No renderer 'pdf' found for mode 'pdf'
world leader in high performance signal processing
Trace: » setting_up_a_dhcp_server

Setting up a DHCP Server

As an alternative to manually configuring the target system's IP address and entering the filename of a memory image to retrieve, U‑Boot may receive a valid IP address and a memory image from a DHCP server. A TFTP server must also be running on the machine when this method of loading a memory image is used. See Setting up a TFTP Server above.

Before following through with these instructions disconnect the computer from any network that already has an active DHCP server. If you do not then the computer will serve as the network's DHCP server providing faulty IP addresses, incurring the wrath of your network administrator.

SuSE Linux Instructions

This section will describe how to setup a DHCP server under SuSE Linux and how to use this server to load uClinux via U‑Boot. For other distributions of Linux this procedure may differ. You may have to install a DHCP server program if one is not already installed on your system.

First determine your computer's IP address by typing the following command:

bash# ifconfig  eth0 (as root)

bash$ /sbin/ifconfig eth0 (as user)

(assuming eth0 is the device being used for network connections)

Your computer's IP address will be displayed in the field inet addr. If this field is not present you need to assign an IP address to your computer by using the command:

bash# ifconfig eth0 <IP address>

(this assumes eth0 is the device you will be using for network connections)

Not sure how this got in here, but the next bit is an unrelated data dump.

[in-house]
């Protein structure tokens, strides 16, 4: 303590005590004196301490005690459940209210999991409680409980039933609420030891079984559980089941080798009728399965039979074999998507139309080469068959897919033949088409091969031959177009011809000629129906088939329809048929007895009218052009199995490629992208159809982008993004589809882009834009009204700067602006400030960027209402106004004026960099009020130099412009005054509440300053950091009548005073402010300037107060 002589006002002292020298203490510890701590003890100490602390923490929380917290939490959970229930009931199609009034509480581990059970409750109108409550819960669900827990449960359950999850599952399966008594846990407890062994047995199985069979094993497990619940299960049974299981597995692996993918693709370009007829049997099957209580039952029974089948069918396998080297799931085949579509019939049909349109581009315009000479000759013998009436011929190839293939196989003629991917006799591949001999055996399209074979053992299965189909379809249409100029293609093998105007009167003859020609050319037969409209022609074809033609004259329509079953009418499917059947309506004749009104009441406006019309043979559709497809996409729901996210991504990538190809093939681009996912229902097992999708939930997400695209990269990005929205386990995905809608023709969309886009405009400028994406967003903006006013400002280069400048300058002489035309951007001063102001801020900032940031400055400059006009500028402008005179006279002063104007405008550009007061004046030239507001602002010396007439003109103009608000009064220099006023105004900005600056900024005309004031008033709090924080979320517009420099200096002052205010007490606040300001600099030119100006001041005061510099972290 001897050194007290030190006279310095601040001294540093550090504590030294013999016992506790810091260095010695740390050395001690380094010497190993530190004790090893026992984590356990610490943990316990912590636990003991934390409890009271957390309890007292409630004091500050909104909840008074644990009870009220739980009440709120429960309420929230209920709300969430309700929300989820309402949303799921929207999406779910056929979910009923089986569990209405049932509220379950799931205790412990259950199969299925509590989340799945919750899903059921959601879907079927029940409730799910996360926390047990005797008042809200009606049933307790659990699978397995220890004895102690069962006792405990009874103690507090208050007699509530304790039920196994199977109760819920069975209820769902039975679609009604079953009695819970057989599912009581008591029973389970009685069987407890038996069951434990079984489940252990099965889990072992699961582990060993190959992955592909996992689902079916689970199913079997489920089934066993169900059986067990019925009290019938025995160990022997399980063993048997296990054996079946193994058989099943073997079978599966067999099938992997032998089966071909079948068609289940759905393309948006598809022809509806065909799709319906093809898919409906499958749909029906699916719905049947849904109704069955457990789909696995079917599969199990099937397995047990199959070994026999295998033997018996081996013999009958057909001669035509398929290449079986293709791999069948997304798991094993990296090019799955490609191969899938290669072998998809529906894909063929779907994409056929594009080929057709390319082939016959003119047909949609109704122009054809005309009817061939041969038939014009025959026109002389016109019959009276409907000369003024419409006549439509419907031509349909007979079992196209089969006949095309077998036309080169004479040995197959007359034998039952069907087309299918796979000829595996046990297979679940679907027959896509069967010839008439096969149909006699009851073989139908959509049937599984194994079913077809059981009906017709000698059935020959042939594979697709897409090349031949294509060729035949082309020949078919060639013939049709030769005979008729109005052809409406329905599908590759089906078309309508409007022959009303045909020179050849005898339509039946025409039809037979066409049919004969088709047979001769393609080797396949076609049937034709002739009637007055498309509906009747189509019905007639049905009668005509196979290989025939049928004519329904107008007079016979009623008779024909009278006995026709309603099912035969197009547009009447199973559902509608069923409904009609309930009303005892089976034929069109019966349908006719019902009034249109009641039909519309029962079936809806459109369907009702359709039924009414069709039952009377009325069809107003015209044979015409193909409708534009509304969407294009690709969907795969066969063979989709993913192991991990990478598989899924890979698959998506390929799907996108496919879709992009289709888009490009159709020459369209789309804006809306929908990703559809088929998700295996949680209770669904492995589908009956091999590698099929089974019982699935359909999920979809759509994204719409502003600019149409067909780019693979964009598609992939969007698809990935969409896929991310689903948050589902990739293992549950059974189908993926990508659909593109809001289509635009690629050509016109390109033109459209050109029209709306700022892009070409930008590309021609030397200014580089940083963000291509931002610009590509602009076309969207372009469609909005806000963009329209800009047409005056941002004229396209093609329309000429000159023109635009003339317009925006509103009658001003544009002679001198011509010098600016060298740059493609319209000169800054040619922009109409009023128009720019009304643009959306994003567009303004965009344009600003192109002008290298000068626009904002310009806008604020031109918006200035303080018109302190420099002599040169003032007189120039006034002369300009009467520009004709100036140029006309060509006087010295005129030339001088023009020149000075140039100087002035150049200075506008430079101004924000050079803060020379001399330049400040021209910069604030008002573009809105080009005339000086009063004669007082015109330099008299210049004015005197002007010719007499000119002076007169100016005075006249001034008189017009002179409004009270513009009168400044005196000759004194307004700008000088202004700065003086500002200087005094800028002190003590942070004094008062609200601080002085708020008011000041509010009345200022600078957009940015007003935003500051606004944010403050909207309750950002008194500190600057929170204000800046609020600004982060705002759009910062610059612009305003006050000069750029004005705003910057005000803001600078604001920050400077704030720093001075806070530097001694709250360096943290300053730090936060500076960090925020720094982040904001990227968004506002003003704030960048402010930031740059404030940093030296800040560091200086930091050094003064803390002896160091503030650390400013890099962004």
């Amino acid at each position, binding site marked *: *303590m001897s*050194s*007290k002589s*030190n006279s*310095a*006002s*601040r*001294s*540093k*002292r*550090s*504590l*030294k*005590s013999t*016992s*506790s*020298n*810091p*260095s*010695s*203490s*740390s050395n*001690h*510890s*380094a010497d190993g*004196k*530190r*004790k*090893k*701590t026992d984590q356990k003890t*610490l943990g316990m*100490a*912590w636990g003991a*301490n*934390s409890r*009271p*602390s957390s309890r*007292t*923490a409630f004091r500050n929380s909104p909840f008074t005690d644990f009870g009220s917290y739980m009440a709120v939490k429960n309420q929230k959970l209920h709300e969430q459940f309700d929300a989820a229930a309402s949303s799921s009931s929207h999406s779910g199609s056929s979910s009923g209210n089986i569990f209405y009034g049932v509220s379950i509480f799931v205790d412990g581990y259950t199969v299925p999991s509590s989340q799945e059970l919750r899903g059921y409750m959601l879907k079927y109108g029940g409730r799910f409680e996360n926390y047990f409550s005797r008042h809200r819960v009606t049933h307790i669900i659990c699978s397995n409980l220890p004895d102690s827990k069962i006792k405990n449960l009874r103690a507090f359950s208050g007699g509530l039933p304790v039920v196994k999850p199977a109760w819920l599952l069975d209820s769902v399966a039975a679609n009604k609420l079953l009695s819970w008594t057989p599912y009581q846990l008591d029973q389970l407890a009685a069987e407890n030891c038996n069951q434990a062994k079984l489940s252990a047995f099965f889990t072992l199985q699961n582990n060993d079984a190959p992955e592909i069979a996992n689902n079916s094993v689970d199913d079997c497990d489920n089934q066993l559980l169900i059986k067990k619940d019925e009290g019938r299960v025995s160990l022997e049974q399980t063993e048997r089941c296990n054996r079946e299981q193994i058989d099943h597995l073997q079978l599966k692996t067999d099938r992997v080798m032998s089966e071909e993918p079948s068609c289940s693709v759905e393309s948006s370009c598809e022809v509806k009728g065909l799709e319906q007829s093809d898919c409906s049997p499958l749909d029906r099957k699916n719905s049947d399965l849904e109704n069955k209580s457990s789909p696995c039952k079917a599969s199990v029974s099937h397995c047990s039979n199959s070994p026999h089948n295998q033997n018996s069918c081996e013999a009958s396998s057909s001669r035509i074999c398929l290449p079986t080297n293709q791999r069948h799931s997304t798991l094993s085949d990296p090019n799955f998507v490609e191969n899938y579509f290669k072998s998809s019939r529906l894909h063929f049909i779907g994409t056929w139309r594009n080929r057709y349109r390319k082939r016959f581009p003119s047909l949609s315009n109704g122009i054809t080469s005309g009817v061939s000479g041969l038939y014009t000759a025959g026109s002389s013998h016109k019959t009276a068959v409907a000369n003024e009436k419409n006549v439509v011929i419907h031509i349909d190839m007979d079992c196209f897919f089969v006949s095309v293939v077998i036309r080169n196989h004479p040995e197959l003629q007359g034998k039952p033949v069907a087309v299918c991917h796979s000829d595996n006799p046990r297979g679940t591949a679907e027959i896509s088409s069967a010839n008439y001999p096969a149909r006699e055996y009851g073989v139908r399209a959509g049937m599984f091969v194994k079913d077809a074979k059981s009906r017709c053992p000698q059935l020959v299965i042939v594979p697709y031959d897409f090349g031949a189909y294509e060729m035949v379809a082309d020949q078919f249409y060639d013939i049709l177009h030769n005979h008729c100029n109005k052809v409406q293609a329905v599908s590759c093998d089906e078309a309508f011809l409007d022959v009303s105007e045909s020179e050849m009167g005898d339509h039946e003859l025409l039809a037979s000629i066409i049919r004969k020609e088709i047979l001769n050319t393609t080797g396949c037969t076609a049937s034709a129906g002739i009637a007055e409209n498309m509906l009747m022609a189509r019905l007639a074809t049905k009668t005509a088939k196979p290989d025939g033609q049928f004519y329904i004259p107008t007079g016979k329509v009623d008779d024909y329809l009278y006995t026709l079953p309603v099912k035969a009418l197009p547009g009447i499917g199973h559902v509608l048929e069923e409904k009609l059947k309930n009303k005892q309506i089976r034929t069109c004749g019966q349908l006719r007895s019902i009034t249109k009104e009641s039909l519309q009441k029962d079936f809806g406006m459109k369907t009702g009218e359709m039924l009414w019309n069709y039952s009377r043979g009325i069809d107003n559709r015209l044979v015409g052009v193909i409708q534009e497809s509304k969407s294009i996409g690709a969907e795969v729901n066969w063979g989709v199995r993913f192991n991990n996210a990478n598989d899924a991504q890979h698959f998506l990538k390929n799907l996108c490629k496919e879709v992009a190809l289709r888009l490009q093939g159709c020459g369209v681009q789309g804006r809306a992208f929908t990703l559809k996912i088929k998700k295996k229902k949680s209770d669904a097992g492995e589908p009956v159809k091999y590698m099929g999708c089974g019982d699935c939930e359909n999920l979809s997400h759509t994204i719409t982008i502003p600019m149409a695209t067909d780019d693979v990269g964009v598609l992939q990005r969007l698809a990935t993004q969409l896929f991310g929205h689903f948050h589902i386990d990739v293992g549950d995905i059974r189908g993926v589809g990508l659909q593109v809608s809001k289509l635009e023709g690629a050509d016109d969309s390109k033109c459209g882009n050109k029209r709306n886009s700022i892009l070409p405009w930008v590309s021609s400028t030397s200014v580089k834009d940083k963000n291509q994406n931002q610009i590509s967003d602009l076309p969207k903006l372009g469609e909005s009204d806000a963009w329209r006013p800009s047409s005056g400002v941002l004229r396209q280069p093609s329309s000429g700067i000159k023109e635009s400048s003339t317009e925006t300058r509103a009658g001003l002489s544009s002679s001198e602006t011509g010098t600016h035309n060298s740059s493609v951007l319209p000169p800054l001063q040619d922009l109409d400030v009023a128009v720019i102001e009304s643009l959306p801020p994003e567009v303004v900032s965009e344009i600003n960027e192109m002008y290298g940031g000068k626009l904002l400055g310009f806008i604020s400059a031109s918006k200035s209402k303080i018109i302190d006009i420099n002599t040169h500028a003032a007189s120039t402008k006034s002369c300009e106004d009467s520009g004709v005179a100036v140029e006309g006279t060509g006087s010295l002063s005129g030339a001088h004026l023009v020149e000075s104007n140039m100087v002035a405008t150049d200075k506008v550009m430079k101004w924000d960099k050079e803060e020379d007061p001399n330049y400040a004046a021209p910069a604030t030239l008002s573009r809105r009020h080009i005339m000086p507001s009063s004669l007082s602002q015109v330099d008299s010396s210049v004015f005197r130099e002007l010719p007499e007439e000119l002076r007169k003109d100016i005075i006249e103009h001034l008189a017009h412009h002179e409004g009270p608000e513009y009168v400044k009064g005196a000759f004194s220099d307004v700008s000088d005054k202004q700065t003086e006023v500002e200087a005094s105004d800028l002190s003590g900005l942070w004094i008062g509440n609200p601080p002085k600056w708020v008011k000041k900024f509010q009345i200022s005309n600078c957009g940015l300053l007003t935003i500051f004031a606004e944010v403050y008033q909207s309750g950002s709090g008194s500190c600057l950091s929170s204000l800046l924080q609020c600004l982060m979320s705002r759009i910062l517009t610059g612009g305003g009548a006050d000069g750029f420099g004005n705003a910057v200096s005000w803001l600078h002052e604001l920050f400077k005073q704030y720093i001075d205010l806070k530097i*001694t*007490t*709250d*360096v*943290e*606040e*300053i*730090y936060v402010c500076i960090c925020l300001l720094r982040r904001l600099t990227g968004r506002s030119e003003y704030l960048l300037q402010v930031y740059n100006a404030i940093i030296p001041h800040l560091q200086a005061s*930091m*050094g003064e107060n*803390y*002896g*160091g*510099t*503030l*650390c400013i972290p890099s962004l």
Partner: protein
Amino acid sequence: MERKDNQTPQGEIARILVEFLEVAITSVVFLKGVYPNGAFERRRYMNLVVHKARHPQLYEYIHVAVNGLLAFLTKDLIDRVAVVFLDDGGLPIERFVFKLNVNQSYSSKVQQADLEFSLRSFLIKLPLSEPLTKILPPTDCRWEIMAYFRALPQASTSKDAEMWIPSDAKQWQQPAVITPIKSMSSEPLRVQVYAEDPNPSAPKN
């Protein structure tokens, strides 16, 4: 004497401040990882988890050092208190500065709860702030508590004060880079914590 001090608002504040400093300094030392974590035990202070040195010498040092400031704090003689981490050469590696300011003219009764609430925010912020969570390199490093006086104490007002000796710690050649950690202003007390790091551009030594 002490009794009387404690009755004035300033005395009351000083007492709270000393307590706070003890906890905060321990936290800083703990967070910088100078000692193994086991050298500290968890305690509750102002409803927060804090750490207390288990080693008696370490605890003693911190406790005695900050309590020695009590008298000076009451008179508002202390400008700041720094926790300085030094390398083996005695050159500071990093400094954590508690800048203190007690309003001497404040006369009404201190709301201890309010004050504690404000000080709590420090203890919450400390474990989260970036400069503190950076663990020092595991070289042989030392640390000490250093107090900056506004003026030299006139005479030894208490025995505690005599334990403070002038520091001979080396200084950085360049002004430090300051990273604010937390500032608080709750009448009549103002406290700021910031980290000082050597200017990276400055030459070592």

Next the file /etc/dhcpd.conf must be edited. The following is an example dhcpd.conf file:

authoritative; 
filename "linux"; 
default-lease-time 600;  
max-lease-time 7200; 
allow bootp; 
ddns-update-style none; 

subnet 192.168.1.0 netmask 255.255.255.0 { 
  range 192.168.1.10 192.168.1.20; 
}

Filename specifies the name of the memory image file that U-Boot should attempt to retrieve via TFTP. The lease times define how often a client must receive a new IP address, they are expressed in seconds. In the above example the subnet must be the same as the server's IP address except for the last number which must be 0. The IP address range defined in range must be valid for the given netmask (i.e. the IP addresses must be within the local network). In the above example IP addresses from 192.168.1.1 to 192.168.1.254 are valid, excluding the IP address of the machine the DHCP server is running on. More information on networking and DHCP can be found in the Networking-Overview-HOWTO.

After this, the file /etc/sysconfig/dhcpd must be edited. The line DHCPD_INTERFACE=”“ must be changed to DHCPD_INTERFACE=“eth0” assuming eth0 is the device you will be using for your network connection.

Next the DHCP server must be started by typing the following command:

bash# rcdhcpd restart

Alternately the DHCP server may be enabled through the XWindows interface. These instructions are for SuSE Linux 9.0. For other distributions of Linux this procedure may vary.

Open the Control Center which is located under the start menu. The Control Center window should now be displayed:

Click on YaST2 modules.

The YaST2 modules sub-menu should now be displayed in the sidebar:

Click on Network Services.

The Network Services sub-menu should now be displayed in the sidebar:

Click on DHCP Server then click the Administrator Mode button (you will need the root password).

After entering the root password the DHCP server configuration module should now be displayed:

Double click on Subnets.

The Subnet Configuration window should be displayed.

Click Add.

The Subnet configuration window should now be displayed:

Select the parameter to edit and click the Edit button.

Enter a valid subnet, netmask, and range.